Nighttime sign indicating increased dementia risk

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Publishing their data in the Sleep journal, the researchers said the sleep disorder insomnia was associated with increased risk of dementia. Their conclusion was based on data form more than 26,000 participants who formed part of the Canadian Longitudinal Study on Aging.

All of the participants were between the ages of 45 and 85 and completed self-reported evaluations of their sleep and memory alongside neurological testing over a three-year period.

It was found that those who had the lowest quality sleep during this three-year period were also more likely to report subjective memory decline.

Nathan Cross, postdoctoral fellow on the study, said: “We found that insomnia specifically was related to worse memory performance compared to those who have some insomnia symptoms alone or no sleep problems at all.”

Cross added: “This deficit in memory was specific, as we also looked at other cognitive function domains such as attention span multi-tasking. We only found differences in memory.”

Furthermore, Cross said the study differed from previous projects on the matter in that it benefitted

For the purpose of the study, the participants were split into three categories. The first group was those who had no sleep problems at all when first assessed. The second group was those who had symptoms of insomnia and the third group had been diagnosed with probable insomnia.

Those with insomnia were more likely to report memory decline and have it diagnosed as such by their doctor. These participants were also more likely to develop anxiety, depression, daytime sleepiness, and have breathing interruptions whilst they slept.

Alongside these sleep interruptions, participants were also more likely to have other risk factors for dementia, such as smoking and a raised body mass index (BMI).

Cross added in his report that insomnia is more than just being unable to fall asleep: “A diagnosis requires symptoms of difficulty falling asleep, staying asleep or waking too early, three nights a week, over a period of three months. Additionally, those with insomnia must report that this sleep problem causes them difficulty in the daytime.”

While the Concordia study may cause someone sleepless nights it is important to remember two factors; firstly that the Concordia study has a caveat – its observational nature.

Since it is an observational rather than a causational study, this means it cannot draw a conclusive link between insomnia and dementia, it can only observe a potential relation or link.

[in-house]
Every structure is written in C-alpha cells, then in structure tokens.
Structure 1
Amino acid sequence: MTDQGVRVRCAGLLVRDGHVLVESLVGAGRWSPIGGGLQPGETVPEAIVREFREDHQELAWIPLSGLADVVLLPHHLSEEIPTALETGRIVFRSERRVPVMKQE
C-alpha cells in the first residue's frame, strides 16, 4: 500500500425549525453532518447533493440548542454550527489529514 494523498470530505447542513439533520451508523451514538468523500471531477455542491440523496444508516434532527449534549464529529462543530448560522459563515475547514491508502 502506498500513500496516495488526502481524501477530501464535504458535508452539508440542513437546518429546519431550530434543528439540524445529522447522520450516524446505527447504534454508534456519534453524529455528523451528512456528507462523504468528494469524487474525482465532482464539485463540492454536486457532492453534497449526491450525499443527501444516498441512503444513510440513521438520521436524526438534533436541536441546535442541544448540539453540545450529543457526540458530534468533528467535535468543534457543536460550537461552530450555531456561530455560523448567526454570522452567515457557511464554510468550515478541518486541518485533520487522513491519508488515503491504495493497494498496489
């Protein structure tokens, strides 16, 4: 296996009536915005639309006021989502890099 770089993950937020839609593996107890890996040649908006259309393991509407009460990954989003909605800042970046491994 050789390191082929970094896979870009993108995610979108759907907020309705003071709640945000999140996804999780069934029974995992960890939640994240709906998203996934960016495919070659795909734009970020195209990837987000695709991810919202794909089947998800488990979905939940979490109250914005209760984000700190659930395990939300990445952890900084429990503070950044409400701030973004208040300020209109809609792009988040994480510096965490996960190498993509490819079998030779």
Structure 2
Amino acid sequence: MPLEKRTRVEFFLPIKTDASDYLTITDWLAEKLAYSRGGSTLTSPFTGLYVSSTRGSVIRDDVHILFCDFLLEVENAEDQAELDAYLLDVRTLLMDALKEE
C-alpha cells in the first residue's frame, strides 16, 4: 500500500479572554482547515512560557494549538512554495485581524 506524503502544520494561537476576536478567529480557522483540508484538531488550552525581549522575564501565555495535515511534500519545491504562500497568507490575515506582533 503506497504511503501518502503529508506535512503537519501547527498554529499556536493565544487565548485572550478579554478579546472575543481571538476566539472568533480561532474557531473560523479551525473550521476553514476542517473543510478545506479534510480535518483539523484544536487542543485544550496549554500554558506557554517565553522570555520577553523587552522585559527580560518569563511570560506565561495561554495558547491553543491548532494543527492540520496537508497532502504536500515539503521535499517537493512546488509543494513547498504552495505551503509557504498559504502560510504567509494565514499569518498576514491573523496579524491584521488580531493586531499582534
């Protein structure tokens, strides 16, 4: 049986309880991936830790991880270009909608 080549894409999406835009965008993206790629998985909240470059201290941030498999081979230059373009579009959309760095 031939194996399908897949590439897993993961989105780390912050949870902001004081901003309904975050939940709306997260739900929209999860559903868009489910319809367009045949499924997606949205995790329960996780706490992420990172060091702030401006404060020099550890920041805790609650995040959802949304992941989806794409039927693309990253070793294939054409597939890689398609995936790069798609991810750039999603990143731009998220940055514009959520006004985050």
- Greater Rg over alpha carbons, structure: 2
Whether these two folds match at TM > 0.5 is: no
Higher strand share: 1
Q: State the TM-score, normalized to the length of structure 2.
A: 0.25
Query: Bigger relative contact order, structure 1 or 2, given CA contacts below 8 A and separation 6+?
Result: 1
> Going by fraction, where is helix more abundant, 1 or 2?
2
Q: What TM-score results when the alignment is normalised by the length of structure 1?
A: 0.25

Furthermore, sleep disorders, unlike dementia, can be effectively treated and sent into remission. Cross said: “This highlights the importance of properly diagnosing and managing insomnia as early as possible in older adults. Adequately treating insomnia disorder might become an important preventive measure for cognitive decline and mitigate the incidence of dementia in later life.”

However, before insomnia is treated, it must first be diagnosed. Symptoms listed by the NHS include:
• Finding it hard to go to sleep
• Waking up several times during the night
• Lying awake at night
• Waking up early and finding yourself unable to go back to sleep
• Still feeling tired after waking up
• Finding it hard to nap during the day despite the tiredness
• Feeling tired and irritable during the day
• Finding it hard to concentrate during the day.

The NHS add that insomnia is split into two types, short-term and long-term insomnia. Short-term insomnia lasts for less than three months while long-term insomnia lasts for longer than three months.

How much sleep does someone need?

How much sleep a person requires depends on their age. The NHS recommends:
• Seven to nine hours for an adult
• Nine to 13 hours for children
• 12 to 17 hours for toddlers and babies.

What is insomnia caused by?

Sleep disorders like insomnia can be caused by a range of factors. Sometimes it’s lifestyle factors and sometimes it’s a question of work life balance.

For example, the NHS lists shift work as one potential cause of insomnia due to the long or anti-social hours those jobs can sometimes entail. So too can the stress, anxiety, and depression, which can be brought on by work and other factors, be causes for insomnia.

In some cases, addressing the cause of insomnia can be the key to reversing the symptoms it causes and the risk factors associated with it.

As well as stress, insomnia can also be caused by a range of health conditions including the menopause, restless legs syndrome, and an overactive thyroid.

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